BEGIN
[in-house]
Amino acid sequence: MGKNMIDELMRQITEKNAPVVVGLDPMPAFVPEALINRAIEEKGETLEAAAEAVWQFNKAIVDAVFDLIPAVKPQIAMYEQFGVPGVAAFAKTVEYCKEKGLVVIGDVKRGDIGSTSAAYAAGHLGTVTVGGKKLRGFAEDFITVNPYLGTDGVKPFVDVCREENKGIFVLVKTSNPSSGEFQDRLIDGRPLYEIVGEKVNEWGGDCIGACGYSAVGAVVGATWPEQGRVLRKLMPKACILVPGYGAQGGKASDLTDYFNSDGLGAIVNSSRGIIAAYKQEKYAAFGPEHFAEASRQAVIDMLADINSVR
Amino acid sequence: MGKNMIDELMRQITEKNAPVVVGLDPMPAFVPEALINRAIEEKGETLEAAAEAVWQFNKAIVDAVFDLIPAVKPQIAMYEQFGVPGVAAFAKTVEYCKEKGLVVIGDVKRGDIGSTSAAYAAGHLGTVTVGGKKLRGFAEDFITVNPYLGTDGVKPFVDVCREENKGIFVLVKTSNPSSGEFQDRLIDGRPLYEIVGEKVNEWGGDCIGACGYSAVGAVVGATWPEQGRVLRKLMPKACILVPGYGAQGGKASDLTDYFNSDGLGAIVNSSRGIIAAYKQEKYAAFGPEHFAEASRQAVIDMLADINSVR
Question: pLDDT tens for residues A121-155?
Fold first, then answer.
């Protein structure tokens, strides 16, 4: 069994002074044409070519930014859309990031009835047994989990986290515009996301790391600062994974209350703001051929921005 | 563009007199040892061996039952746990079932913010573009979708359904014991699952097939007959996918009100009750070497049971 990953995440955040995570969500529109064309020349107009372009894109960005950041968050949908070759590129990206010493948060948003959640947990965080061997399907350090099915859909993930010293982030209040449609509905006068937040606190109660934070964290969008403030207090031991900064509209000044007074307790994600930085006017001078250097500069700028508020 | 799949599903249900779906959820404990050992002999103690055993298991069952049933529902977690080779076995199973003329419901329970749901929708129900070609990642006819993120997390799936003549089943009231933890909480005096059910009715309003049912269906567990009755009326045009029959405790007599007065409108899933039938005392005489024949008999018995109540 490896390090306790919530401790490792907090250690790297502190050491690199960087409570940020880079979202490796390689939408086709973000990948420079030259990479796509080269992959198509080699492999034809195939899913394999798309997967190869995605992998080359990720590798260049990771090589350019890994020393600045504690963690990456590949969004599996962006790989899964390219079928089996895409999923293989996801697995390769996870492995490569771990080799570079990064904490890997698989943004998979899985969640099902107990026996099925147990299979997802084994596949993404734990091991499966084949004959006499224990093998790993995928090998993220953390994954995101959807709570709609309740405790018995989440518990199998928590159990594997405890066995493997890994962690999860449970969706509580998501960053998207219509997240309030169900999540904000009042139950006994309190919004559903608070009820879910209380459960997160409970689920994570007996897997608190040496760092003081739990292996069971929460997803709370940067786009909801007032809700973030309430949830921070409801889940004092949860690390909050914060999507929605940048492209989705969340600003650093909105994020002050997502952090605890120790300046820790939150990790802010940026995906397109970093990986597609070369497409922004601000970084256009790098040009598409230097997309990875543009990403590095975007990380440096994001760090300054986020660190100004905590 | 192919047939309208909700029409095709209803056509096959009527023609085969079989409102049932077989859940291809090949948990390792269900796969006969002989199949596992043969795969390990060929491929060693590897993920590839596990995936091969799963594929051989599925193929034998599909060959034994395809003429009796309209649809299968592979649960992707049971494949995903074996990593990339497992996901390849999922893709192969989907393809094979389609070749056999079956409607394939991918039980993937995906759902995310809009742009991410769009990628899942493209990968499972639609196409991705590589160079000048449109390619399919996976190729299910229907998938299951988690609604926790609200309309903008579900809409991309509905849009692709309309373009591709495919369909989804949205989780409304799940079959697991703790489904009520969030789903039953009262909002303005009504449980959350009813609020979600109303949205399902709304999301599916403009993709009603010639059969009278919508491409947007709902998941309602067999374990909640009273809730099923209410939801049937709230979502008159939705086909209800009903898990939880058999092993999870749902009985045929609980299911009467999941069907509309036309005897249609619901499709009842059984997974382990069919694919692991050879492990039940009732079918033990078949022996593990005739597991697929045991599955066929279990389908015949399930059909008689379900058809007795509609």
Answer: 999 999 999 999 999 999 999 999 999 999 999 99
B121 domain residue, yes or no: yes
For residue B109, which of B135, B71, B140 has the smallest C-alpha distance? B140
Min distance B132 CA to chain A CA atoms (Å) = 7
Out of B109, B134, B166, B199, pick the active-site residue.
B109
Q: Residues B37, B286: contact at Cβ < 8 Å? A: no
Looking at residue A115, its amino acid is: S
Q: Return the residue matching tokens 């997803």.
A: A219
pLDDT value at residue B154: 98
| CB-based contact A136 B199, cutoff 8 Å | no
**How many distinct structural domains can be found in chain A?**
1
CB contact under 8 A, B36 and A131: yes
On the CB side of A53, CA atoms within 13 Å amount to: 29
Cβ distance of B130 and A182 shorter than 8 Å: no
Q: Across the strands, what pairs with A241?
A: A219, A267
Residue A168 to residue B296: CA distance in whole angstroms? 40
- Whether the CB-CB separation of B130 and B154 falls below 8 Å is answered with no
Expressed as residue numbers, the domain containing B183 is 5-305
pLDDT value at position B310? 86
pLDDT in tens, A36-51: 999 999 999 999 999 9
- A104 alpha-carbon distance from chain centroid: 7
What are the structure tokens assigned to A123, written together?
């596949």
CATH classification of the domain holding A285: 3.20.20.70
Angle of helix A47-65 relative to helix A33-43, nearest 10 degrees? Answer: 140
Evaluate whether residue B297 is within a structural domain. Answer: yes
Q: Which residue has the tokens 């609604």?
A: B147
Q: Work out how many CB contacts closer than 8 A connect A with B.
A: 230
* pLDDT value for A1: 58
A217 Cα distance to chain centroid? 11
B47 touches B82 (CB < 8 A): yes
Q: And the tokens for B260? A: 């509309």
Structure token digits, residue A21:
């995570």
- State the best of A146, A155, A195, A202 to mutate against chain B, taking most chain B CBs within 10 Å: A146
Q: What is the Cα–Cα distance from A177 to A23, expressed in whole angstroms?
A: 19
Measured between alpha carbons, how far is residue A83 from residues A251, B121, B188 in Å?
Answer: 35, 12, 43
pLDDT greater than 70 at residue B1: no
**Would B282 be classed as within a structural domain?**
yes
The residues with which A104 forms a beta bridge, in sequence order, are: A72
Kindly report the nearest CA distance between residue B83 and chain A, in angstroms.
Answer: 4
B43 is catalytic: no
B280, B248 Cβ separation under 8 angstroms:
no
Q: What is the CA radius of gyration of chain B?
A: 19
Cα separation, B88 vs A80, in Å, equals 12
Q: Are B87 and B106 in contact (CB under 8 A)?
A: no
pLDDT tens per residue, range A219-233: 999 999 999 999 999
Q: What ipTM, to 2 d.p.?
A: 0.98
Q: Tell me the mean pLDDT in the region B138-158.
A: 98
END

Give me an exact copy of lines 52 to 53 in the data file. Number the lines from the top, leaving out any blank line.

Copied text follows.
pLDDT greater than 70 at residue B1: no
**Would B282 be classed as within a structural domain?**